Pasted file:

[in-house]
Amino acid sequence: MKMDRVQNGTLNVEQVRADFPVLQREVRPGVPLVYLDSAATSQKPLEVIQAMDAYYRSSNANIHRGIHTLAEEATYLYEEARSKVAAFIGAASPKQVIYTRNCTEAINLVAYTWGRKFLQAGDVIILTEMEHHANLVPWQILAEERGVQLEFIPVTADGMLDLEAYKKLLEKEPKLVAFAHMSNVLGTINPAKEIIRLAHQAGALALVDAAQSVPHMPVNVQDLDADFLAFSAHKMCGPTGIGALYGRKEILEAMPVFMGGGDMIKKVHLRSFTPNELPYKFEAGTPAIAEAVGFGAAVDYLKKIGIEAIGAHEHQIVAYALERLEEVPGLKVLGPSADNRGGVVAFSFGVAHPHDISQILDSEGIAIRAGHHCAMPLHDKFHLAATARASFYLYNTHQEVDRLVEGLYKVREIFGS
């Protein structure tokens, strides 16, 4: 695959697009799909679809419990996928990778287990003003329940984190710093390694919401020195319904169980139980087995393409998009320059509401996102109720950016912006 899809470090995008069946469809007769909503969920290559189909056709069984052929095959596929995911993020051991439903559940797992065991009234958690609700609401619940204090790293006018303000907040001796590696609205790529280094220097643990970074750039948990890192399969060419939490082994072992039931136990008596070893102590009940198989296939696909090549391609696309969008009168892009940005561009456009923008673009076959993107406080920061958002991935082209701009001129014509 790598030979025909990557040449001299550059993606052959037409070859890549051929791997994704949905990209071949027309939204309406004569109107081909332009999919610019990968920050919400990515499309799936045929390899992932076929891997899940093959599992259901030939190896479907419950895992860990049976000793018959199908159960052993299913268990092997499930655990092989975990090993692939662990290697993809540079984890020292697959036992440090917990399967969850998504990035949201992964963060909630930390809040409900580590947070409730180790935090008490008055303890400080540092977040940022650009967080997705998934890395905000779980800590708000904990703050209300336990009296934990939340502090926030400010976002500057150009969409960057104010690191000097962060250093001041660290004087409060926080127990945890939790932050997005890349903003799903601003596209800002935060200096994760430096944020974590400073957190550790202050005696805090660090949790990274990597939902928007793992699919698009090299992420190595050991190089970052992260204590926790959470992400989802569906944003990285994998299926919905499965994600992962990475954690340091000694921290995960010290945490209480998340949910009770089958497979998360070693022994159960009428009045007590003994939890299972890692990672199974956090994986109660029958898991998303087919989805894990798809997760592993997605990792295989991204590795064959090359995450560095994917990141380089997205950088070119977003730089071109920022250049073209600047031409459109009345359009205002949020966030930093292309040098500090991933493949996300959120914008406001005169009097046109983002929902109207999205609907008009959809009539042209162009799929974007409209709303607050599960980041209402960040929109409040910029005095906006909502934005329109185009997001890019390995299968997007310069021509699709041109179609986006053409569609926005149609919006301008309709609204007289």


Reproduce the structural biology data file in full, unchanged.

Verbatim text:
[in-house]
Amino acid sequence: MKMDRVQNGTLNVEQVRADFPVLQREVRPGVPLVYLDSAATSQKPLEVIQAMDAYYRSSNANIHRGIHTLAEEATYLYEEARSKVAAFIGAASPKQVIYTRNCTEAINLVAYTWGRKFLQAGDVIILTEMEHHANLVPWQILAEERGVQLEFIPVTADGMLDLEAYKKLLEKEPKLVAFAHMSNVLGTINPAKEIIRLAHQAGALALVDAAQSVPHMPVNVQDLDADFLAFSAHKMCGPTGIGALYGRKEILEAMPVFMGGGDMIKKVHLRSFTPNELPYKFEAGTPAIAEAVGFGAAVDYLKKIGIEAIGAHEHQIVAYALERLEEVPGLKVLGPSADNRGGVVAFSFGVAHPHDISQILDSEGIAIRAGHHCAMPLHDKFHLAATARASFYLYNTHQEVDRLVEGLYKVREIFGS
């Protein structure tokens, strides 16, 4: 695959697009799909679809419990996928990778287990003003329940984190710093390694919401020195319904169980139980087995393409998009320059509401996102109720950016912006 899809470090995008069946469809007769909503969920290559189909056709069984052929095959596929995911993020051991439903559940797992065991009234958690609700609401619940204090790293006018303000907040001796590696609205790529280094220097643990970074750039948990890192399969060419939490082994072992039931136990008596070893102590009940198989296939696909090549391609696309969008009168892009940005561009456009923008673009076959993107406080920061958002991935082209701009001129014509 790598030979025909990557040449001299550059993606052959037409070859890549051929791997994704949905990209071949027309939204309406004569109107081909332009999919610019990968920050919400990515499309799936045929390899992932076929891997899940093959599992259901030939190896479907419950895992860990049976000793018959199908159960052993299913268990092997499930655990092989975990090993692939662990290697993809540079984890020292697959036992440090917990399967969850998504990035949201992964963060909630930390809040409900580590947070409730180790935090008490008055303890400080540092977040940022650009967080997705998934890395905000779980800590708000904990703050209300336990009296934990939340502090926030400010976002500057150009969409960057104010690191000097962060250093001041660290004087409060926080127990945890939790932050997005890349903003799903601003596209800002935060200096994760430096944020974590400073957190550790202050005696805090660090949790990274990597939902928007793992699919698009090299992420190595050991190089970052992260204590926790959470992400989802569906944003990285994998299926919905499965994600992962990475954690340091000694921290995960010290945490209480998340949910009770089958497979998360070693022994159960009428009045007590003994939890299972890692990672199974956090994986109660029958898991998303087919989805894990798809997760592993997605990792295989991204590795064959090359995450560095994917990141380089997205950088070119977003730089071109920022250049073209600047031409459109009345359009205002949020966030930093292309040098500090991933493949996300959120914008406001005169009097046109983002929902109207999205609907008009959809009539042209162009799929974007409209709303607050599960980041209402960040929109409040910029005095906006909502934005329109185009997001890019390995299968997007310069021509699709041109179609986006053409569609926005149609919006301008309709609204007289």